In his 2010 book, Bye Bye Banks, 50 year industry veteran Robert H. Smith outlines the obstacles and issues facing the bank industry today.
Smith points out that it is the small banks that are disappearing from the financial landscape either via failure or merger, and sees a long list of obstacles. These obstacles include the Federal government, which sees banks “as their vehicle to engineer society, thereby satisfying their political and social expectations.” Smith addresses the competitive and regulatory environment that is practically forces banks to see merger partners and become larger.
It is eye opening to see everything laid out on one place.
Everyone knows that banks have faced increasing completion for both deposit and lending businesses, but when you see them listed in one place, you realize just how difficult it has become for smaller banks to remain relevant and profitable.
Credit unions, stock brokerages, insurance companies and mutual funds are just part of the folks going after the deposit business by offering consumers alternatives to checking, savings and retirement accounts. Of course, the current low interest rate environment gives them an opportunity to offer high yielding (although uninsured) products to yield starved savers.
It is just as bad on the lending side with stand-alone mortgage firms, leasing companies, retailer and affinity credit card programs and a wide variety of finance companies competing directly with banks to offer loans of one type or another.
Consider the limitations
It is mind boggling to see the list of legislation and regulatory actions taken before the latest banking crisis that the smaller banks had to deal with. Bankers have to consider restrictions and limitations placed on them by everything from the Patriot Act to the anti-internet gambling legislation passed in 2006.
In the aftermath of the meltdown that began in 2007 we now have more regulatory agencies and legislation popping up with new consumer protection agencies and the Graham Dodd Financial reform bill. Even the larger banks are having a hard time keeping up with the increasingly complex regulatory situation and it is crushing to smaller institutions to keep up much less comply with everything.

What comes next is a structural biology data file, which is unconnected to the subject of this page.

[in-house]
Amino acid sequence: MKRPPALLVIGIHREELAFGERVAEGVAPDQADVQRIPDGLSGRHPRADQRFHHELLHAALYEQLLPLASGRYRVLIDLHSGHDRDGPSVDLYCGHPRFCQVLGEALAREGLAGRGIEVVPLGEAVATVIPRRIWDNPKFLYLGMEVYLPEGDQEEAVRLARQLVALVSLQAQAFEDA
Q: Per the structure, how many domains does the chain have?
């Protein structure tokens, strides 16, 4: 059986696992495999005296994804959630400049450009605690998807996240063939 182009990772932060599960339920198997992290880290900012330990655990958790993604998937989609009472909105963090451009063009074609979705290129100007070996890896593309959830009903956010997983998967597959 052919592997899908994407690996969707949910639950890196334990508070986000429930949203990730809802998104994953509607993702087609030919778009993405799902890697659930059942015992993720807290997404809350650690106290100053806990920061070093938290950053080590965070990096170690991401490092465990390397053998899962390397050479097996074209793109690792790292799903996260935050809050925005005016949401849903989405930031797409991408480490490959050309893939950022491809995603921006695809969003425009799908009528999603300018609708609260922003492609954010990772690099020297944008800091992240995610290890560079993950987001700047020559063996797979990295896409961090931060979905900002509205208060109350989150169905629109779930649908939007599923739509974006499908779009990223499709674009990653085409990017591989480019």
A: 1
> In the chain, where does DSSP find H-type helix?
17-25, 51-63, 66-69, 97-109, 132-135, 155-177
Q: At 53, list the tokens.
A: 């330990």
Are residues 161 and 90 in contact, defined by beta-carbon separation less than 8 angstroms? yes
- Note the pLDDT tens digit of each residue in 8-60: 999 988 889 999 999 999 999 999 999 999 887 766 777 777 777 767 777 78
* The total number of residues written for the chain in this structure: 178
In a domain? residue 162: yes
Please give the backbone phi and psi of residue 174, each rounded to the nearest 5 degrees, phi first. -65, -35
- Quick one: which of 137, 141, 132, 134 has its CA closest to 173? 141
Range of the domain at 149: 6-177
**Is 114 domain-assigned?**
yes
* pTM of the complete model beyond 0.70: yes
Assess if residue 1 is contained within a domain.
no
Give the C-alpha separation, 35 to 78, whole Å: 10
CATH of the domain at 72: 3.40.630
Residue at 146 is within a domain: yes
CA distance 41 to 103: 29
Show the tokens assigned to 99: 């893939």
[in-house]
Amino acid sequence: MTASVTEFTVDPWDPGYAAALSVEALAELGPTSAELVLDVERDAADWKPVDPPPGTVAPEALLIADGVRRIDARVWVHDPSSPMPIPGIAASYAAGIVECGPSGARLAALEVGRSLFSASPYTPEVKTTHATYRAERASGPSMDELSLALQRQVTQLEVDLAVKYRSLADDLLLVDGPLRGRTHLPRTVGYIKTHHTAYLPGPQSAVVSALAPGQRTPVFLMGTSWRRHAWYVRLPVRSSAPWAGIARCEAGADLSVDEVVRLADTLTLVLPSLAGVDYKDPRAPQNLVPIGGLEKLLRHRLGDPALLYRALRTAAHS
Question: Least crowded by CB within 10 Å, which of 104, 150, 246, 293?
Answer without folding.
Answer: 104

When you consider the competitive and regulatory environment and then add in a slow growth economy with very little potential for organic growth it becomes obvious that many smaller banks will simply not be able to survive in their current form. The smaller banks will either need to be acquired by a larger bank or combine with similar sized institutions to spread out costs and increase their deposit base.
While Mr. Smith quite correctly pointed out the unattractive social and economic consequences of this trend investors have to be aware that it also represents an enormous and long lasting opportunity.
The individuals running the small banks recognize the need to merge into a larger institution
After five years of operating under what can best be described as difficult conditions, many of the smaller banks want to be acquired and get out from under dealing with credit problems and regulatory burdens.
However, most of them have also seen their stock price drop substantially since the 2007 peaks, and they need to get a fair price for the shares. The officers, directors and leading members of the communities in which they are based often have significant amounts of money tied up in shares of the smaller banks. They are willing to sell, but need to get a price that allows them to trim their losses if not turn an outright profit on their shares.
Right now there dozens, if not hundreds of smaller banks trading below their tangible book value. In past post crisis consolidation waves, such as the S&L crisis in the early 1990s and the Long-Term Capital Management (LTCM) meltdown in 1998, takeover premiums were initially around 1.25 times book value before peaking at somewhere near two times book value at the peak. There is no reason to assume that the multiples will not be very similar this time around although most observers and analysts think that this wave of merger activity will last far longer than earlier period.
Investors that buy the smaller stocks while they are trading at a discount to book value and are able to sell at decent premiums stand to make a significant amount of money. As real estate markets stabilize and credit conditions improve, it is also reasonable to assume that dividend payments will increase and book values will rise over the next couple of years so the total return can be much higher over a longer holding period.
The problems and difficult conditions facing the smaller banks create an opportunity for patient investors who buy these shares and ride the consolidation over the next several years.
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